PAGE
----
|First Test, Chennai (day four)|
|England 578 (Root 218) & 178 (Root 40, Ashwin 6-61)|
|India 337 (Pant 91, Sundar 85, Bess 4-76) & 39-1|
|India need further 381 to win|
England will need nine wickets on the final day to beat India after setting up their victory push on day four of the first Test in Chennai.
India closed on 39-1, requiring a record 420 to win or, more realistically, needing to bat out the final day for a draw.
India, who faced 13 overs, lost opener Rohit Sharma to Jack Leach.
Shubman Gill and Cheteshwar Pujara reached the close unbeaten on 15 and 12 respectively.
England were tentative in their attempt to set India a challenging target – posting 178 all out from 46.3 overs.
They initially batted positively – building on a 241-run first-innings lead secured earlier in the day – but their scoring rate dropped to a crawl after tea.
Rather than declare, they batted on, allowing overs to be lost from the game – overs which they may need when they attempt to take nine wickets on day five.
India began day four on 257-6 in their first innings and added 80 runs before they were dismissed for 337 shortly before lunch.
Washington Sundar made an impressive 85 while James Anderson and Leach took two wickets each.
Should England secure victory and take a 1-0 lead in the four-Test series, it would mean just a second defeat for India on home soil since 2013.
England still on top despite strange day
The route taken by England to get to this position was curious, but they are still favourites to claim one of their most famous wins in recent years.
There has been enough in the pitch, particularly with the new ball, for England to be confident of securing victory.
India, led by Sundar, made a solid start in the morning but when the new ball was taken, the final four wickets fell for 32 runs.
The hosts opened with spin from both ends and England opener Rory Burns edged to slip from the first ball of England’s second innings.
He fell to Ravichandran Ashwin, who also dismissed Dom Sibley for 16 with another ball that turned, bounced and found leg slip. Batting was difficult. India’s off-spinner finished with 6-61.
India’s quick bowlers found uneven bounce when introduced, another boost for England’s chances.
Ishant Sharma dismissed Dan Lawrence lbw with a ball that kept low for his 300th Test wicket and Jasprit Bumrah did the same to Joe Root, after the England captain had made a breezy 40.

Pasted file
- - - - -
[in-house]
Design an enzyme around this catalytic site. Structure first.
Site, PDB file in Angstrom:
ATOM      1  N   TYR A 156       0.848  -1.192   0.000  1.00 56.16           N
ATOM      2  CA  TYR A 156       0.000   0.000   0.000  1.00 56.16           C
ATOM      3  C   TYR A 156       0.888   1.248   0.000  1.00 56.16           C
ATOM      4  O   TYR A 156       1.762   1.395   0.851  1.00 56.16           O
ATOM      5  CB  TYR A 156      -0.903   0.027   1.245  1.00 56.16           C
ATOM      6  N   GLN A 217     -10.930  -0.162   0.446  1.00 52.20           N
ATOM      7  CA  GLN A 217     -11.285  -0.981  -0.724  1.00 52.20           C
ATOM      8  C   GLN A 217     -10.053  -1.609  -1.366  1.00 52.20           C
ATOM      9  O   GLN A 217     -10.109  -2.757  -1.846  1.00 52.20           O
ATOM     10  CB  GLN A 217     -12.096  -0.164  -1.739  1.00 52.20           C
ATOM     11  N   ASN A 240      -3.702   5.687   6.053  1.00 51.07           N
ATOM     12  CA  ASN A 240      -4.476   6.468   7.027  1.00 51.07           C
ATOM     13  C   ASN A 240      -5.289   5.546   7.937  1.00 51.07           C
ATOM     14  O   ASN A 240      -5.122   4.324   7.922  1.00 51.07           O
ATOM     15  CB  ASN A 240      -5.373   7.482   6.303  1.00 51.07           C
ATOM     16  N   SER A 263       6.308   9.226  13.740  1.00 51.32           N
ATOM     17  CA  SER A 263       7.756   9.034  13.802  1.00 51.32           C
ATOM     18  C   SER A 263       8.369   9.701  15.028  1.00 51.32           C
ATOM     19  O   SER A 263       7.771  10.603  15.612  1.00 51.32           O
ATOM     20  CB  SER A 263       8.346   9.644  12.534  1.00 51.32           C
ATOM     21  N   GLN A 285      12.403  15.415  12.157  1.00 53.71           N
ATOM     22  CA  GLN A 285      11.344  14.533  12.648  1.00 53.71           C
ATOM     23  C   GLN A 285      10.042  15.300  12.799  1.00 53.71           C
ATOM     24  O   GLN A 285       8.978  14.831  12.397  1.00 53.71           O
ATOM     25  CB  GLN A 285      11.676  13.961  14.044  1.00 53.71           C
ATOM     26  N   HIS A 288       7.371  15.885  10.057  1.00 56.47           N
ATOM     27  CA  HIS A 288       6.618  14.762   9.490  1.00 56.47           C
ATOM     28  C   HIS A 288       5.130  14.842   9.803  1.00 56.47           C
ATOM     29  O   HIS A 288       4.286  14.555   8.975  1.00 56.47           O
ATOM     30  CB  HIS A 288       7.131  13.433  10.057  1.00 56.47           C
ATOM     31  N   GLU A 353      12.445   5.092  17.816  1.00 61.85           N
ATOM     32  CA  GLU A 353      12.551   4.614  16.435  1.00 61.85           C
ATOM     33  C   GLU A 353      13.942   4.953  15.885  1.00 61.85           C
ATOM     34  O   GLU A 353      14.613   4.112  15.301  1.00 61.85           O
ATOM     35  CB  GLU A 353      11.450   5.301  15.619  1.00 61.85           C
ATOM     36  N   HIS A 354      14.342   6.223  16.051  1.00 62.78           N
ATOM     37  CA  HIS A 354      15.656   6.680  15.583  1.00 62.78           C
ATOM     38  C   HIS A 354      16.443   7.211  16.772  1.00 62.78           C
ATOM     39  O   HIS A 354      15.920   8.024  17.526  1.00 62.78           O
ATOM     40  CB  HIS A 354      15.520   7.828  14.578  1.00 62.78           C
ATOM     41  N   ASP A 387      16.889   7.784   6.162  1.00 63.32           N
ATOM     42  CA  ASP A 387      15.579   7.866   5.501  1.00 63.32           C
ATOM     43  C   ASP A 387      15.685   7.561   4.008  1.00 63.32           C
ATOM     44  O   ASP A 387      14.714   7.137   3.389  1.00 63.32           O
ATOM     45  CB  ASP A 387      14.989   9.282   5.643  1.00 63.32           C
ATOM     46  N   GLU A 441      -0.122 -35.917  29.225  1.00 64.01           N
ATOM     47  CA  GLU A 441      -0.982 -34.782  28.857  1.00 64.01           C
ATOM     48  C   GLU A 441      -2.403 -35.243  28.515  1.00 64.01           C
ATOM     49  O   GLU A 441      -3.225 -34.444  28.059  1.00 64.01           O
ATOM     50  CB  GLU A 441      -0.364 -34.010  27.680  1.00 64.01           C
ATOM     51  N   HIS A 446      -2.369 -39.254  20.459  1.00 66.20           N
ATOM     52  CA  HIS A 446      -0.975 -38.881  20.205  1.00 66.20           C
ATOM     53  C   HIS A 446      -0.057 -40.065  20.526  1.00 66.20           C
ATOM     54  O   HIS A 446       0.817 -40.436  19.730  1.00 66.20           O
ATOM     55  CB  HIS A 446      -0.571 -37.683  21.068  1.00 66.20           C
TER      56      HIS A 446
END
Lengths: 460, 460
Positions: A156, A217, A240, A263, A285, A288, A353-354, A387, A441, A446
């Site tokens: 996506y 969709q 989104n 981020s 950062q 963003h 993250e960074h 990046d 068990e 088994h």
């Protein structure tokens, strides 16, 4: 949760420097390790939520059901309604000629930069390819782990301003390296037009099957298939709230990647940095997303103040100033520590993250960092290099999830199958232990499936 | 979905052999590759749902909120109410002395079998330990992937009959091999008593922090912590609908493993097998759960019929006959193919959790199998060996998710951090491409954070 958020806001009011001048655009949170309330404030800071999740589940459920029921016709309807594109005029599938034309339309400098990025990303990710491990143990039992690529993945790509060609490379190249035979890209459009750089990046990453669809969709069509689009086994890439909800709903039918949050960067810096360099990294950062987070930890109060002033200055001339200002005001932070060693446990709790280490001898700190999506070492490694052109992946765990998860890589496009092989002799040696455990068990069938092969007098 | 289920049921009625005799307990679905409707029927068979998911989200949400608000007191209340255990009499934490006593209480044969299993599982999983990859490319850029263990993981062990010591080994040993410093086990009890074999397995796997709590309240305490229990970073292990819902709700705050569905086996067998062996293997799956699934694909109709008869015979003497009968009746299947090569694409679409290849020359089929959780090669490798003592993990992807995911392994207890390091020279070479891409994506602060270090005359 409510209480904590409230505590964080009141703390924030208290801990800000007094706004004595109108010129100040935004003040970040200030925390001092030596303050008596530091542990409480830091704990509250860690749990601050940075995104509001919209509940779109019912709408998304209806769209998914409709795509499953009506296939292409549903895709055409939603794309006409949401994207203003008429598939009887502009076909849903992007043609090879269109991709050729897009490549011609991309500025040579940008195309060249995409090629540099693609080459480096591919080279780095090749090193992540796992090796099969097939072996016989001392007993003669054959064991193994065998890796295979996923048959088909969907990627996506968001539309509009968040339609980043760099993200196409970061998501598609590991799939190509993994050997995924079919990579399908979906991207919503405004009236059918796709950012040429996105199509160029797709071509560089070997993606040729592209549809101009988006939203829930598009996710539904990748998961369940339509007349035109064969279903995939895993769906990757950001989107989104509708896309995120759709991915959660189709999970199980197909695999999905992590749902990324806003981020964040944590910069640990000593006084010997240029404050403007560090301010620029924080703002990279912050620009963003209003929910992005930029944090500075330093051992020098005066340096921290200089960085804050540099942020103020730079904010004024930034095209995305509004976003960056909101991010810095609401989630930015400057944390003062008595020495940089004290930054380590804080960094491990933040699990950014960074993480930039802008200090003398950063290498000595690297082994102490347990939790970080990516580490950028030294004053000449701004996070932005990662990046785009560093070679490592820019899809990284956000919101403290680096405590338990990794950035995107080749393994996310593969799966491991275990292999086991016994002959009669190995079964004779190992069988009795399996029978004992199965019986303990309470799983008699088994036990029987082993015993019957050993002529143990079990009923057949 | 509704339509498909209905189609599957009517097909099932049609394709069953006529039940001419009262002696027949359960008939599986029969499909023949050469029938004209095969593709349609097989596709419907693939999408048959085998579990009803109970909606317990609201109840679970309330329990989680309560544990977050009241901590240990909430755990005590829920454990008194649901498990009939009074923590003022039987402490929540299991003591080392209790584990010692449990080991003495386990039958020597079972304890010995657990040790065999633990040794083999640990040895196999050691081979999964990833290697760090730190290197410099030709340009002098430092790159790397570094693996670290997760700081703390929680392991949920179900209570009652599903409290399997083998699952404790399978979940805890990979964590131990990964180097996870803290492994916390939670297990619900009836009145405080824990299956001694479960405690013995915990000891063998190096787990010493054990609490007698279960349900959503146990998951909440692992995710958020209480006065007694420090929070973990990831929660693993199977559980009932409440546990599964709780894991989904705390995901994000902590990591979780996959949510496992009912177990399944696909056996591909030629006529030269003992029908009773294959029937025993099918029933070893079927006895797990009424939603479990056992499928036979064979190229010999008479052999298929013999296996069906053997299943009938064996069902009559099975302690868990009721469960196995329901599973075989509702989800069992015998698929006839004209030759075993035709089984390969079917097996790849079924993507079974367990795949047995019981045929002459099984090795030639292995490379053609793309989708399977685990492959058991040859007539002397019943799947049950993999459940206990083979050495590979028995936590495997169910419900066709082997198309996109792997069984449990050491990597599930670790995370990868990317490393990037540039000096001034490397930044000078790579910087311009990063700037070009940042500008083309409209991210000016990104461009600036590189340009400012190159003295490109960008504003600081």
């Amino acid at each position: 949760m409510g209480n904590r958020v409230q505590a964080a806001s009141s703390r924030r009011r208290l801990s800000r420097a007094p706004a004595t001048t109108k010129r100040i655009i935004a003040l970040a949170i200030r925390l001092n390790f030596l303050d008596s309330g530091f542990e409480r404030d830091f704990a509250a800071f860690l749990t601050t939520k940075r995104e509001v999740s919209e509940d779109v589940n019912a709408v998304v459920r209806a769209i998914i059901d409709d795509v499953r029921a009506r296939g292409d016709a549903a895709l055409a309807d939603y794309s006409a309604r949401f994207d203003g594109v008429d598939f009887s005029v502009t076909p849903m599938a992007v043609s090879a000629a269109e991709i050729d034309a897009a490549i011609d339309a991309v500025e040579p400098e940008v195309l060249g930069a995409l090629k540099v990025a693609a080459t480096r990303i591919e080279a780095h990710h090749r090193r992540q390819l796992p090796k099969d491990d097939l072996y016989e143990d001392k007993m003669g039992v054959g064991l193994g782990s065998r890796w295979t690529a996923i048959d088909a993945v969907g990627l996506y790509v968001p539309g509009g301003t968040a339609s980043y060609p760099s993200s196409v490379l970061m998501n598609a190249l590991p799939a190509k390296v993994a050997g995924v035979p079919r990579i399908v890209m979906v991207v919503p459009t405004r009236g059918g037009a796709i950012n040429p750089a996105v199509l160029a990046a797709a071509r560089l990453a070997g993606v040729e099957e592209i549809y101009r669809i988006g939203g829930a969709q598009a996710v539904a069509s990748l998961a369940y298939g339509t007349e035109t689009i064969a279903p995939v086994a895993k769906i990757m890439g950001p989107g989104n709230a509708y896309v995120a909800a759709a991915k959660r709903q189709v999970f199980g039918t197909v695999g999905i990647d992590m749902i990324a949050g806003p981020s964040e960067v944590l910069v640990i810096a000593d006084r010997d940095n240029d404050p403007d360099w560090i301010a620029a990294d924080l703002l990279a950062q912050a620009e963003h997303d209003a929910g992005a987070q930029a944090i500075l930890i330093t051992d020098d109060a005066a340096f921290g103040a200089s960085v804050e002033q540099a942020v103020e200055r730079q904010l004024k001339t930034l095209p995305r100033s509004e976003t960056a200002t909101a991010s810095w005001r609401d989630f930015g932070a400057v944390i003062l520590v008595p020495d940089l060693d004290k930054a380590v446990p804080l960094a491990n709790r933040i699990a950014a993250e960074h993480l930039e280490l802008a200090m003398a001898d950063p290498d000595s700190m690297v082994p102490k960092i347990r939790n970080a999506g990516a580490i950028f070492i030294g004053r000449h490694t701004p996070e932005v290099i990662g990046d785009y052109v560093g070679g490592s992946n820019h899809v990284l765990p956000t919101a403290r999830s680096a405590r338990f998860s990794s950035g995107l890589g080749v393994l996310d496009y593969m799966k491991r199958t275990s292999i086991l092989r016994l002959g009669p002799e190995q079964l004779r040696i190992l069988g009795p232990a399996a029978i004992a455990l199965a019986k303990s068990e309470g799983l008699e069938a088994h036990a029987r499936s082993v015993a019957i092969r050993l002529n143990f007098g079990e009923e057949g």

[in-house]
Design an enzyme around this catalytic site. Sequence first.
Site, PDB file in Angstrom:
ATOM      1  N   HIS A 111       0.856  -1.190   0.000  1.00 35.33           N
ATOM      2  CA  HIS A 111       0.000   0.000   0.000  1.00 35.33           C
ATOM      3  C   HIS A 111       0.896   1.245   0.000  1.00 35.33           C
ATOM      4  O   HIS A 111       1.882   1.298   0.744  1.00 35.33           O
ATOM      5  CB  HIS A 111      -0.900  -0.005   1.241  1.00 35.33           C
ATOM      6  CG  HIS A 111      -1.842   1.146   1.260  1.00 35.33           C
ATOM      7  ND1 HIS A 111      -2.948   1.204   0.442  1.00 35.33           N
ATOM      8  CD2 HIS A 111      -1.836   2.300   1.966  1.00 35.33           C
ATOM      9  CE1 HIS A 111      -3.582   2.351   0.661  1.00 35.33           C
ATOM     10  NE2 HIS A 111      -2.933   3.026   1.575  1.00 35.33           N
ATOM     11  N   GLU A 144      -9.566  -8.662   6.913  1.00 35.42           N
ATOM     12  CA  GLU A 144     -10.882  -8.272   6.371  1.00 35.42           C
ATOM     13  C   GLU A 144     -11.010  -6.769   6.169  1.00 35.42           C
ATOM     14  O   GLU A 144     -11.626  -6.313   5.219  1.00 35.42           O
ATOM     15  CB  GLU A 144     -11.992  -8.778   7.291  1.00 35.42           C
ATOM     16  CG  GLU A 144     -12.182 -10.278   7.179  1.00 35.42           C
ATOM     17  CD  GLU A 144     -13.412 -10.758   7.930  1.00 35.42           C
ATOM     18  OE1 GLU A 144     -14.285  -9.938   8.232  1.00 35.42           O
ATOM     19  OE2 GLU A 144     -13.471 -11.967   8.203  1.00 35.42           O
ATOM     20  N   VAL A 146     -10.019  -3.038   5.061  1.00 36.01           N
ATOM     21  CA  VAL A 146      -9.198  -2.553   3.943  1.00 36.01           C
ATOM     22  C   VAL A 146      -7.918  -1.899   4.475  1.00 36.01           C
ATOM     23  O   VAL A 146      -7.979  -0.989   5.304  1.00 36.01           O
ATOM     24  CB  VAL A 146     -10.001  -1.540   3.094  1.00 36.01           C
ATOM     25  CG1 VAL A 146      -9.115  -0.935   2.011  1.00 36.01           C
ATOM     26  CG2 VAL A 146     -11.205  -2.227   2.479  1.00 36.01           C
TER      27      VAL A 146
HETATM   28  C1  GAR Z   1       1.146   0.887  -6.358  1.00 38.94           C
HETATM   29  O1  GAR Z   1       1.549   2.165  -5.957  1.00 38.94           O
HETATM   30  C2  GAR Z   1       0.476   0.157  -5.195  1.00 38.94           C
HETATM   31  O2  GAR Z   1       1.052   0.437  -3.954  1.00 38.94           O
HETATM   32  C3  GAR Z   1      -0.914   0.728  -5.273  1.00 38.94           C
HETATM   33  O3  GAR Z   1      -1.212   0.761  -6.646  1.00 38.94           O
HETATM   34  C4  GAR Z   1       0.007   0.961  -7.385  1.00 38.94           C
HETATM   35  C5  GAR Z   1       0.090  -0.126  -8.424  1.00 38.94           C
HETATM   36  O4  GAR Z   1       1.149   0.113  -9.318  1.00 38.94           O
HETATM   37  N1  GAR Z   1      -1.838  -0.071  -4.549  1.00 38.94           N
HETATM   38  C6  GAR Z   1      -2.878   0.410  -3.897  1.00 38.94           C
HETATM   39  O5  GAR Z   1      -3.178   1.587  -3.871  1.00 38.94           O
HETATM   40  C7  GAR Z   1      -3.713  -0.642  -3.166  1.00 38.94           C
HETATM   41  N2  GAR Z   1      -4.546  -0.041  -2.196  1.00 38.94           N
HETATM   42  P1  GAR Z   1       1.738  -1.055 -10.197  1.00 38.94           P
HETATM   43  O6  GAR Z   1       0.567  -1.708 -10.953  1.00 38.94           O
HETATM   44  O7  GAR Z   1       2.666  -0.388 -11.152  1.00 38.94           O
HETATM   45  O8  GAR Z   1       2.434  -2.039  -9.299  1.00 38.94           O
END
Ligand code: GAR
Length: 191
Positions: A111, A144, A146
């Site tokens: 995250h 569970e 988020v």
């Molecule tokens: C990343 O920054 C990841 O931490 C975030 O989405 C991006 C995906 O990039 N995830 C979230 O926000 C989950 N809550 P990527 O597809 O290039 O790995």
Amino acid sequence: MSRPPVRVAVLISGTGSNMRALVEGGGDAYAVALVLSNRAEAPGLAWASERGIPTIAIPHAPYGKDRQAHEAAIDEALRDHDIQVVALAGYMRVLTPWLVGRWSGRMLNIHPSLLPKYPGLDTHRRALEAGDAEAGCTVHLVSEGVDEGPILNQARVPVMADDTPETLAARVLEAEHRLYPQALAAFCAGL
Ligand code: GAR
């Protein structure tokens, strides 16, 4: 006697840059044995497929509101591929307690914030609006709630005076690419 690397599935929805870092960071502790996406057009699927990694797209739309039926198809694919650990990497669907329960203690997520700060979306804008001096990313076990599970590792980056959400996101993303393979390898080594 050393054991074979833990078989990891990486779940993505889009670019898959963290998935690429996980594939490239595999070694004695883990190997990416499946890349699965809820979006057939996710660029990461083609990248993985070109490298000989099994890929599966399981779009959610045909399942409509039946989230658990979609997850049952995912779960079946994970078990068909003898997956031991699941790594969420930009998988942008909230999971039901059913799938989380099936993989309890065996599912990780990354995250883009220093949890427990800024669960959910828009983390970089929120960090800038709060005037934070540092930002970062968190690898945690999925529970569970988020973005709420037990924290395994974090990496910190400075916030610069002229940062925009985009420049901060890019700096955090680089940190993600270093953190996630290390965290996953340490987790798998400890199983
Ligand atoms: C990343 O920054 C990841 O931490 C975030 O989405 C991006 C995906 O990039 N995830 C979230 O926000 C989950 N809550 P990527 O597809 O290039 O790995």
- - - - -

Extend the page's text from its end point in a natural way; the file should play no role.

England were strangely flat for much of their late burst with the ball; Jofra Archer not offering the penetration of the first innings.
But Leach’s wicket of Rohit was a fine delivery that pitched on middle stump and hit off, highlighting the difficulties India will face.
Should England have declared sooner?
If England do not win, questions will be asked of their approach with the bat.
They were 130-5 after 28.3 overs, seemingly batting at a good rate for declaration, before the dismissal of Ollie Pope sparked a clear change of approach.
Dom Bess came in and repeatedly kicked the ball out of the rough. There was little attempt to continue to score quickly. India, too, were happy for time to be lost and their over-rate slowed.
As the score crept on, more wickets fell but still no declaration came.
India’s target was already well in excess of the 328 they famously chased in Australia last month and soon passed the 387 the hosts scored in the fourth innings to beat England on this ground in 2008 – the highest fourth-innings chase in the country.
England were still unmoved.
Their logic seemed to be taking overs out of the game, denying India the time to reach their target, while also giving themselves a second new-ball burst on Tuesday morning.
Former England captain Michael Vaughan, speaking on The Cricket Social, said he wished England had “dangled the carrot” with an earlier declaration.
“He [Root] thinks it is harder to bat on the last day with no element of winning at all,” Vaughan said. “My belief would be to have got on with it and declare.”
England’s bowling consultant Jon Lewis defended the tactics after play.
“Obviously it’s first game of the series and whilst you want to get off to a really strong start you don’t want to give India a chance to win,” he said.
“You also want to have attacking fielders the whole day, especially to our spin bowlers, round the bat, so to keep the rate high for them feels like our best chance to win the game.”
Leach wicket was a ‘major blow’ – reaction
Former England captain Michael Vaughan: “England have played great. None of us gave them a chance of winning this series and if they go 1-0 up I still think India will come back strong.
“If England are sat in that dressing room in 24 hours’ time and it’s 0-0, I don’t think they’ll come back from that.”
BBC cricket correspondent Jonathan Agnew: “Jack Leach’s wicket was an unplayable delivery that spun from around about leg stump and hit off – the sort of ball that you might get on this pitch that sends a shiver down the spine of the batting side. It was a major blow struck.”